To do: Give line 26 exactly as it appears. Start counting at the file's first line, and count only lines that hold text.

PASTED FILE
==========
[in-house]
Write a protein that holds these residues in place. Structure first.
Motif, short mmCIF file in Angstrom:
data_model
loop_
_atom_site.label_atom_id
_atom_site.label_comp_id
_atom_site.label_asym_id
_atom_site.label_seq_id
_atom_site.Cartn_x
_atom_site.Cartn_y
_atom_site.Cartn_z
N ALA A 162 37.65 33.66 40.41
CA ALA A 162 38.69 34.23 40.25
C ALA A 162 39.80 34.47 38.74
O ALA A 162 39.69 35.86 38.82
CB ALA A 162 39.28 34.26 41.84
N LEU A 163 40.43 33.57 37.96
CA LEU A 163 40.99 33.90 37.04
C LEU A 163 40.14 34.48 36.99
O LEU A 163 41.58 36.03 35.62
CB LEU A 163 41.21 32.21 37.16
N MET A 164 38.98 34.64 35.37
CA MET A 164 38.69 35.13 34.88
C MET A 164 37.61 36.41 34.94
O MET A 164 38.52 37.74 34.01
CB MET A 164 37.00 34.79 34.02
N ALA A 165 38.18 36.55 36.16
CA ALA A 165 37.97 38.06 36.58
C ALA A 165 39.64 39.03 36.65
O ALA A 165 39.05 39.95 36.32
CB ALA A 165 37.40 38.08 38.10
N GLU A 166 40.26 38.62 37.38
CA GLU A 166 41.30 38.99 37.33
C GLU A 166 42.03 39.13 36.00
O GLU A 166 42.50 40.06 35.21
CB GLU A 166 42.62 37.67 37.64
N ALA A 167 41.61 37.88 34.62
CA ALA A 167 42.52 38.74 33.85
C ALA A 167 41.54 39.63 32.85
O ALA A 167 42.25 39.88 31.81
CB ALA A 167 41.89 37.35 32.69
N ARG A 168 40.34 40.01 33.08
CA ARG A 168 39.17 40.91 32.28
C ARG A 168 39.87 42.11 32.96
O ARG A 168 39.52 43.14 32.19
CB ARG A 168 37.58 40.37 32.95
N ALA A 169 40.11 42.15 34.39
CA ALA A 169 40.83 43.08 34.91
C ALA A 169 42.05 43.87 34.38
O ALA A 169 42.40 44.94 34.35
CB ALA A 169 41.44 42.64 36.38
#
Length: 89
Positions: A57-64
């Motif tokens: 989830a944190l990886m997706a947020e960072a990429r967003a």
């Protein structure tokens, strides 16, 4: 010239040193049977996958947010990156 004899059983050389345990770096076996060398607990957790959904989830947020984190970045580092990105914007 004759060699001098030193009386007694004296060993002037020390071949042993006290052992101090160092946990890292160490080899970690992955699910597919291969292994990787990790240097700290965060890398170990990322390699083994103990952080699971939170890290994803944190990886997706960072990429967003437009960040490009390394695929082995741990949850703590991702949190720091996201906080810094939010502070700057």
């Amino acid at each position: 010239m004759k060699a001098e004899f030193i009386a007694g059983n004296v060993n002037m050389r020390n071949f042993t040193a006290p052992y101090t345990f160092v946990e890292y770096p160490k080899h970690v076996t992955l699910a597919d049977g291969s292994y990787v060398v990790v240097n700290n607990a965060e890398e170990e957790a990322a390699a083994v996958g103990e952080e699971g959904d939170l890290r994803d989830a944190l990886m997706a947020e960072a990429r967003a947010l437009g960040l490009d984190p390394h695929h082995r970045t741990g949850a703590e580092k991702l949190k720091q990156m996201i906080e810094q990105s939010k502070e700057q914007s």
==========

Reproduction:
O MET A 164 38.52 37.74 34.01